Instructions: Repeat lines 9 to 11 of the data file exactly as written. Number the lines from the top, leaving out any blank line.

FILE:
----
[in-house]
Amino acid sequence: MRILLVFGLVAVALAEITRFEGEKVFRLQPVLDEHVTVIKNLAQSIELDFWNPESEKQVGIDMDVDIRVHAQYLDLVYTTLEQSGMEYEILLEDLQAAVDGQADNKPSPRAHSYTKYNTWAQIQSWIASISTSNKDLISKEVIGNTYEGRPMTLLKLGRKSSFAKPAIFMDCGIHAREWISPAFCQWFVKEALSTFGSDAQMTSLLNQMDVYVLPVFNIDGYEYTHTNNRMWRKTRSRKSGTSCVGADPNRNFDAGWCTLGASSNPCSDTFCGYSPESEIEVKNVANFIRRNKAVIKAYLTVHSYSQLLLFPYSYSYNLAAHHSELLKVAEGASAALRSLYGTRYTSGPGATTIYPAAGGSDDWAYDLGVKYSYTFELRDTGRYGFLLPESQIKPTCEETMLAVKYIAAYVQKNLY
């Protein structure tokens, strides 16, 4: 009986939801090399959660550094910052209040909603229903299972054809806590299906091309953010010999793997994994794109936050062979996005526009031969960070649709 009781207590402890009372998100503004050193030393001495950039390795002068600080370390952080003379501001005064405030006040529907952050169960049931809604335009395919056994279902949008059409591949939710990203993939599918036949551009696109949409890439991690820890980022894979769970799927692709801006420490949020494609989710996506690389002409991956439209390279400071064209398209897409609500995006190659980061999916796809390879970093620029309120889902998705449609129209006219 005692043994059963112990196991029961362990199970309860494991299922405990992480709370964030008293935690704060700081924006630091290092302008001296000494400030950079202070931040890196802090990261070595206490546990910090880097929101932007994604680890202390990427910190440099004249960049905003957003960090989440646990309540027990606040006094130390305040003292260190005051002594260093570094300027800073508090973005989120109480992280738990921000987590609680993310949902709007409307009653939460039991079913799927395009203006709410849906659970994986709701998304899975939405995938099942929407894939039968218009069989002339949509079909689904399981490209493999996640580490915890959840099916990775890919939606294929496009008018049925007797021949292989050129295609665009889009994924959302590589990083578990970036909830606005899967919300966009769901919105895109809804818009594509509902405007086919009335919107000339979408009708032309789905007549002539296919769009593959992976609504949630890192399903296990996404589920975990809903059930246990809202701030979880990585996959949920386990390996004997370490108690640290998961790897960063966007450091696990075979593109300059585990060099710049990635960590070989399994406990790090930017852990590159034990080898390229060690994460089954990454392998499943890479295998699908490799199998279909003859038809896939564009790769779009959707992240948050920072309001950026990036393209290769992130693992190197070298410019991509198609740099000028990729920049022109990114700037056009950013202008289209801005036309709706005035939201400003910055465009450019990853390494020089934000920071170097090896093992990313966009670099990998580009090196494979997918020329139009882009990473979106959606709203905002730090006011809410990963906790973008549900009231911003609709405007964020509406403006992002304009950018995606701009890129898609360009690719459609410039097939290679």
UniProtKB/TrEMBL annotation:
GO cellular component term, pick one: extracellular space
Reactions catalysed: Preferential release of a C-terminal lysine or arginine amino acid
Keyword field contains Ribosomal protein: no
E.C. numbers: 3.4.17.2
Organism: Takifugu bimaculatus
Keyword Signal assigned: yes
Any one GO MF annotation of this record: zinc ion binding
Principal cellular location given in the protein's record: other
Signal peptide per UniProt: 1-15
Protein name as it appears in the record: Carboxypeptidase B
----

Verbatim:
Organism: Takifugu bimaculatus
Keyword Signal assigned: yes
Any one GO MF annotation of this record: zinc ion binding